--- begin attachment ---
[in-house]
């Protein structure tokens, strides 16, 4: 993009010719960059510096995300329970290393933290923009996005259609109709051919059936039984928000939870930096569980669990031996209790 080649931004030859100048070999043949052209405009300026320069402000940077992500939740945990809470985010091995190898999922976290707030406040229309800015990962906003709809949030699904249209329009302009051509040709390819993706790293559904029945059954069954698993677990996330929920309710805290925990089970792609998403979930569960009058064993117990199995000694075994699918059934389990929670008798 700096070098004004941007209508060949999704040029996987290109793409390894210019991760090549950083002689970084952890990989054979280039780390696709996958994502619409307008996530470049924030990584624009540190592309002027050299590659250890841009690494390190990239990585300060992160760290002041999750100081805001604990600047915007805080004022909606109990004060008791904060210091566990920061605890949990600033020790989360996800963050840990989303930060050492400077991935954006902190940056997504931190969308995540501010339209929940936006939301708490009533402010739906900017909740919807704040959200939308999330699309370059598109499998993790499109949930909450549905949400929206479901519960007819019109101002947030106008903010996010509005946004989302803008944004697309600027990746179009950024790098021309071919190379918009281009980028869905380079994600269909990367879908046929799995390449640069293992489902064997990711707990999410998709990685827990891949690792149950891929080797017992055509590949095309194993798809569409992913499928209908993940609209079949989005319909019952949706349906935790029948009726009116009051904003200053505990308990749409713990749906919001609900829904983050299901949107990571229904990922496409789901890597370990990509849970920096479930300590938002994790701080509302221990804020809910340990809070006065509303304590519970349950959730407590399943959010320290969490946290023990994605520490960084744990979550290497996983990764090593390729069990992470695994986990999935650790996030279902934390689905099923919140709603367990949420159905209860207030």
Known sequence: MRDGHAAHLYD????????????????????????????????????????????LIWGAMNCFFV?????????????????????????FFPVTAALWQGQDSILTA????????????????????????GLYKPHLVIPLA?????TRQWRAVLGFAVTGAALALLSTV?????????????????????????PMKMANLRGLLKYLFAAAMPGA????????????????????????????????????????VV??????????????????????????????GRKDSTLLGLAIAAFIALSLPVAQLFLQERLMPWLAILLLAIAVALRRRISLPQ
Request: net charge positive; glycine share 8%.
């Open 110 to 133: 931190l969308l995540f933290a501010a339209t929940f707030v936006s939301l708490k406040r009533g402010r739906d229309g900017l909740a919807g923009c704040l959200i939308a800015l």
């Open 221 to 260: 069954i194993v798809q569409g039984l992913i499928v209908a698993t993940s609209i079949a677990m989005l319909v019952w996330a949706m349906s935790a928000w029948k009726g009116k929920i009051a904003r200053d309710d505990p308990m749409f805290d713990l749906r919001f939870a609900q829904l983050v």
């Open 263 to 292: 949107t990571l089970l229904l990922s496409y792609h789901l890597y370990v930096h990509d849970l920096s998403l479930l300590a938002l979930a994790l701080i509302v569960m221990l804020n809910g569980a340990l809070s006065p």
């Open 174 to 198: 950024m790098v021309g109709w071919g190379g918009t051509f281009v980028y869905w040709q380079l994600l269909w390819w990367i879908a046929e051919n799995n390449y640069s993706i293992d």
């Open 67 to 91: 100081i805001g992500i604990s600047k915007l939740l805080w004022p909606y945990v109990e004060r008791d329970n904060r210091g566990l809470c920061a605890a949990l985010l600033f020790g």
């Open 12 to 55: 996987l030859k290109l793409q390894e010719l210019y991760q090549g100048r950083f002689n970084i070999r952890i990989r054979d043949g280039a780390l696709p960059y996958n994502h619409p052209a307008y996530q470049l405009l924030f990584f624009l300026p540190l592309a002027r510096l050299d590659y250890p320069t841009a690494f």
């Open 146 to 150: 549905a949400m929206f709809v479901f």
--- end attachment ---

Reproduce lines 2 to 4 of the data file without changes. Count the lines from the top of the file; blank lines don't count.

């Protein structure tokens, strides 16, 4: 993009010719960059510096995300329970290393933290923009996005259609109709051919059936039984928000939870930096569980669990031996209790 080649931004030859100048070999043949052209405009300026320069402000940077992500939740945990809470985010091995190898999922976290707030406040229309800015990962906003709809949030699904249209329009302009051509040709390819993706790293559904029945059954069954698993677990996330929920309710805290925990089970792609998403979930569960009058064993117990199995000694075994699918059934389990929670008798 700096070098004004941007209508060949999704040029996987290109793409390894210019991760090549950083002689970084952890990989054979280039780390696709996958994502619409307008996530470049924030990584624009540190592309002027050299590659250890841009690494390190990239990585300060992160760290002041999750100081805001604990600047915007805080004022909606109990004060008791904060210091566990920061605890949990600033020790989360996800963050840990989303930060050492400077991935954006902190940056997504931190969308995540501010339209929940936006939301708490009533402010739906900017909740919807704040959200939308999330699309370059598109499998993790499109949930909450549905949400929206479901519960007819019109101002947030106008903010996010509005946004989302803008944004697309600027990746179009950024790098021309071919190379918009281009980028869905380079994600269909990367879908046929799995390449640069293992489902064997990711707990999410998709990685827990891949690792149950891929080797017992055509590949095309194993798809569409992913499928209908993940609209079949989005319909019952949706349906935790029948009726009116009051904003200053505990308990749409713990749906919001609900829904983050299901949107990571229904990922496409789901890597370990990509849970920096479930300590938002994790701080509302221990804020809910340990809070006065509303304590519970349950959730407590399943959010320290969490946290023990994605520490960084744990979550290497996983990764090593390729069990992470695994986990999935650790996030279902934390689905099923919140709603367990949420159905209860207030």
Known sequence: MRDGHAAHLYD????????????????????????????????????????????LIWGAMNCFFV?????????????????????????FFPVTAALWQGQDSILTA????????????????????????GLYKPHLVIPLA?????TRQWRAVLGFAVTGAALALLSTV?????????????????????????PMKMANLRGLLKYLFAAAMPGA????????????????????????????????????????VV??????????????????????????????GRKDSTLLGLAIAAFIALSLPVAQLFLQERLMPWLAILLLAIAVALRRRISLPQ
Request: net charge positive; glycine share 8%.